Views & Opinions

App Store Milestone #1: $10k

By Mark Rickert.

I’ve been writing software for almost 10 years now and decided that 2011 was the year I started writing iOS apps. I’ve been a fan of Apple products for a while and dabbled with iPhone development when the tools and the App Store first came out, but nothing so serious to the point of releasing an app. That all changed this year.

I decided in January 2011 to pony up the $99 developer fee to release a simple, free, ad supported iPhone app. I was interested in it and wanted to see if I could do it. It also had the added “cool-factor” benefit of being able to say, “I have an app in the App Store” to friends, prospective clients at work, etc. Never in my wildest dreams did I expect to write a “hit” business app and start making major coin from something I was just doing in my spare time, but that’s what happened. So far, I’ve grossed over $11,000 in the App Store… $10,000 of it in the last 6 months.

My First Free App

I learned a lot from releasing my first iPhone app: Six-Pack Equivalent Calculator… primarily that you shouldn’t release an ad-supported app that does not have high user engagement times. The app was a utilitarian “one use and quit until you want to use it again” type of app. I can see an RSS reader or a Facebook client being free with ads, since there’s a long user engagement period, but this revenue model simply didn’t work with my application type.

To date (Jan 17th, 2011 – Jan 9, 2012) the app has netted me a total of $11.50. Yep, that’s less than $1 a month. Most of that revenue was front-loaded when the app was brand new. So far 624 people have purchased that app and I’ve earned about 1.85¢ per user. Not great, but then again, I wasn’t expecting huge sums of money and a heavenly chorus from my first free app.

The Next Idea

With my first app published and the pennies rolling in, I decided to go after a more lucrative market that might actually make me some money for my precious time. I decided to write an app for people in direct sales (no, not pyramid or ponzi-schemes… legitimate network marketing businesses). I had a few reasons for picking this market:

  • My wife and I are in the network marketing business. We are independent distributors for Premier Designs High Fashion Jewelry, so I know the challenges the distributors face on a day to day basis.
  • I have family members in the direct sales industry, so that would give me a beta tester base that would be willing to help me test.
  • People who would purchase the app are business people, therefore my app would be a business expense. People are more willing to lay down a few bucks when they know they can write it off on their taxes.

Version 1

I wanted to create an app that my wife could use when she was out and about selling her wares. The app would quickly add up multiple items and then add tax and shipping to give her the total for the order .Everything would be displayed and she should then write down the complete order details onto the customer’s receipt and give them the hard copy. I called it Checkout Helper.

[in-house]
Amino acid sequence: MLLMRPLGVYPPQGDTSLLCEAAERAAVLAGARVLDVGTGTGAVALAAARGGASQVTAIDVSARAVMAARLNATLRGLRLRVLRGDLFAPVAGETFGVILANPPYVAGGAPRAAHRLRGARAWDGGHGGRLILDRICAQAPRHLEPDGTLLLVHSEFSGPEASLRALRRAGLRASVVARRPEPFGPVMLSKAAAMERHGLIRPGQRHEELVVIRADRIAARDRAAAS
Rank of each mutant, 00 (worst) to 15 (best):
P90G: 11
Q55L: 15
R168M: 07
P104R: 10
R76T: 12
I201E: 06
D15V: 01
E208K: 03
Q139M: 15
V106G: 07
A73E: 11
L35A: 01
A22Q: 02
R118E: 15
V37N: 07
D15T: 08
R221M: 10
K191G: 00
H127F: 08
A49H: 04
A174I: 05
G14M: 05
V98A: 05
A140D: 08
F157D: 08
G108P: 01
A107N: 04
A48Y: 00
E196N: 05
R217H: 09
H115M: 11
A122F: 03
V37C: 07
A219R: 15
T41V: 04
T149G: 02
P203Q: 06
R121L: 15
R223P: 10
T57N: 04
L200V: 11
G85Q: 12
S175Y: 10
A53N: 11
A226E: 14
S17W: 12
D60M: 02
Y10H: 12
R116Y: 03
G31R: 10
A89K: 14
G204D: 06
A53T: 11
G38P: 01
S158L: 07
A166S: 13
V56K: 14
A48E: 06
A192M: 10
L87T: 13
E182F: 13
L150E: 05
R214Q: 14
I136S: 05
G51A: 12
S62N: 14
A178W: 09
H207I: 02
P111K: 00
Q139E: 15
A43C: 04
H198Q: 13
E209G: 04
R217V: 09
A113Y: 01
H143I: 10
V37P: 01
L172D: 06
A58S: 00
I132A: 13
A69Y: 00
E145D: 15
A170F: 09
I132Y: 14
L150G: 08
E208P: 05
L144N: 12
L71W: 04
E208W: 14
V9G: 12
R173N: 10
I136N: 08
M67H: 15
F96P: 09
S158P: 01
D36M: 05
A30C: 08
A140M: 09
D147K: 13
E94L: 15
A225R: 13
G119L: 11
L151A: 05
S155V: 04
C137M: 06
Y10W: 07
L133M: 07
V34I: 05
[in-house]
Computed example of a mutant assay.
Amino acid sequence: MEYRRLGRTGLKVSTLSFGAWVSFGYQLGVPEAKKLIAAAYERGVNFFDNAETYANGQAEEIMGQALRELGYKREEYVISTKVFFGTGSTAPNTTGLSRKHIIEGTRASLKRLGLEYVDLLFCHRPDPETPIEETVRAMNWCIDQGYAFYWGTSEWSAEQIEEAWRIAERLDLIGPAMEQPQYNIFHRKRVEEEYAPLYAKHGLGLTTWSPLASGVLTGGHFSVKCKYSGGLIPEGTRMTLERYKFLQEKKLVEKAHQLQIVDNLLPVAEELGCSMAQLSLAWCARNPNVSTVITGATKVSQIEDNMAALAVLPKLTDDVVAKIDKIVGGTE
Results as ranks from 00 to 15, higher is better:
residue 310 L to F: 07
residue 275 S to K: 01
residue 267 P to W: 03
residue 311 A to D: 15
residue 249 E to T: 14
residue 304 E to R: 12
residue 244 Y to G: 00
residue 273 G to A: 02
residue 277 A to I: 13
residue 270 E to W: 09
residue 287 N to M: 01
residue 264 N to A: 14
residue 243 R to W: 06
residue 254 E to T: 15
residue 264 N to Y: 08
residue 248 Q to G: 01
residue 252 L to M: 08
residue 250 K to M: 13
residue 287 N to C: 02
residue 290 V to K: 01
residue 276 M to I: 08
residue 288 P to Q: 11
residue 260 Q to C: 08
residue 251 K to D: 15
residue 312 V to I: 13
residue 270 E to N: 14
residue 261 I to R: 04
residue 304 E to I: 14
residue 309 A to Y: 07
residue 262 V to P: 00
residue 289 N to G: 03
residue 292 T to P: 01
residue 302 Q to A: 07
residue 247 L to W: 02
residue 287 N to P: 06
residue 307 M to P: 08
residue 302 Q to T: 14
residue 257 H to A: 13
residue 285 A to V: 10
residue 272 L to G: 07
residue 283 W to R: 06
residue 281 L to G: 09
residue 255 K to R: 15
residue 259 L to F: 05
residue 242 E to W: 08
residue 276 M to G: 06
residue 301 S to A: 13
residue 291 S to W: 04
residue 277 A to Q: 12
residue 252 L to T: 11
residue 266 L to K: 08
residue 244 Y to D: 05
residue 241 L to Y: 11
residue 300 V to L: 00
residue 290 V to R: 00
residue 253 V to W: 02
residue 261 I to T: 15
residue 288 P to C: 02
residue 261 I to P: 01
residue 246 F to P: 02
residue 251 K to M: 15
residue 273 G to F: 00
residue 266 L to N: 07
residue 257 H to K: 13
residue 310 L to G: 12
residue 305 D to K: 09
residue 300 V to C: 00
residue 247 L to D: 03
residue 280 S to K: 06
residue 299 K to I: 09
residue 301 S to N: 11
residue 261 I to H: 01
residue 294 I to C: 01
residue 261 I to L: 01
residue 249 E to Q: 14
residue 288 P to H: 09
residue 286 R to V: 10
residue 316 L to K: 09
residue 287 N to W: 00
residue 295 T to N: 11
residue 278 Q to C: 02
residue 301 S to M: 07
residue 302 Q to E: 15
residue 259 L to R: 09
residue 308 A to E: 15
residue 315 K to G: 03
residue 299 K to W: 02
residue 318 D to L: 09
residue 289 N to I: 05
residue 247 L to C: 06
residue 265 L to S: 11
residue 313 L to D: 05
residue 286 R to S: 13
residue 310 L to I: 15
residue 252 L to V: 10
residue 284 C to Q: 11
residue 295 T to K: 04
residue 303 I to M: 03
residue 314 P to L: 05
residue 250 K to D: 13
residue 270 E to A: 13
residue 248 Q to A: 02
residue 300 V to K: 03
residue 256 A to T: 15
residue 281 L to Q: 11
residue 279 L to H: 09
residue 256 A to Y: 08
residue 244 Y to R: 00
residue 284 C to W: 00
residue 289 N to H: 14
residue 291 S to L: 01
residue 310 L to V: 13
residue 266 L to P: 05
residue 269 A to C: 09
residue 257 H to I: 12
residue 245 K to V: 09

The first version of the app was ugly, with a capital U. I didn’t really know how to properly use, manipulate, and style the UI elements that Apple provides developers. I priced it at $1.99 and released it on February 24th, 2011. I had one purchase that first day. WOW! A whole $1.40 (after Apple’s 30% cut)! That was more than double what I had seen so far from my free app.

Warning: watch out, your eyes might hurt when you look at these screenshots:

Checkout Helper chugged along at 1-3 purchases a day. I was high on the hog one fateful day in July when it brought in a whopping $19.60. Version 1 of Checkout helper netted me $418.64 over the first 4.5 months. Not bad… I had more than made back my $99 developer fee.

Version 2

I wasn’t happy with so many things about the app. I really wanted it to look nicer and do some extra stuff (like more shipping options for direct sales companies that use percentage based shipping or some combination of flat+percentage).

So I went to work in June redesigning and recoding the application from the ground up. I completely updated the layout and the graphics. I also added a bunch of new features like item discounts and generally made the application better. After all, I had become a better iOS programmer since the first version was released.

Version 2 went live on July 13th, just in time for an industry convention I was attending (“Rally” as it’s called at Premier Designs). I had come prepared with business cards that had a QR code on them and handed them out all week to people I saw that had iPhones (they were everywhere). I think I gave out a little over 200 cards that week.

Here’s how version 2 was updated, with a better look and feel:

Well I must have done something right, because sales shot through the roof. My app started gaining popularity amongst a few different direct sales companies and I did very little marketing other than Facebook. Within a day, Checkout Helper was the #29 top ranking business iPhone app. The rankings topped out on September 17th at #13.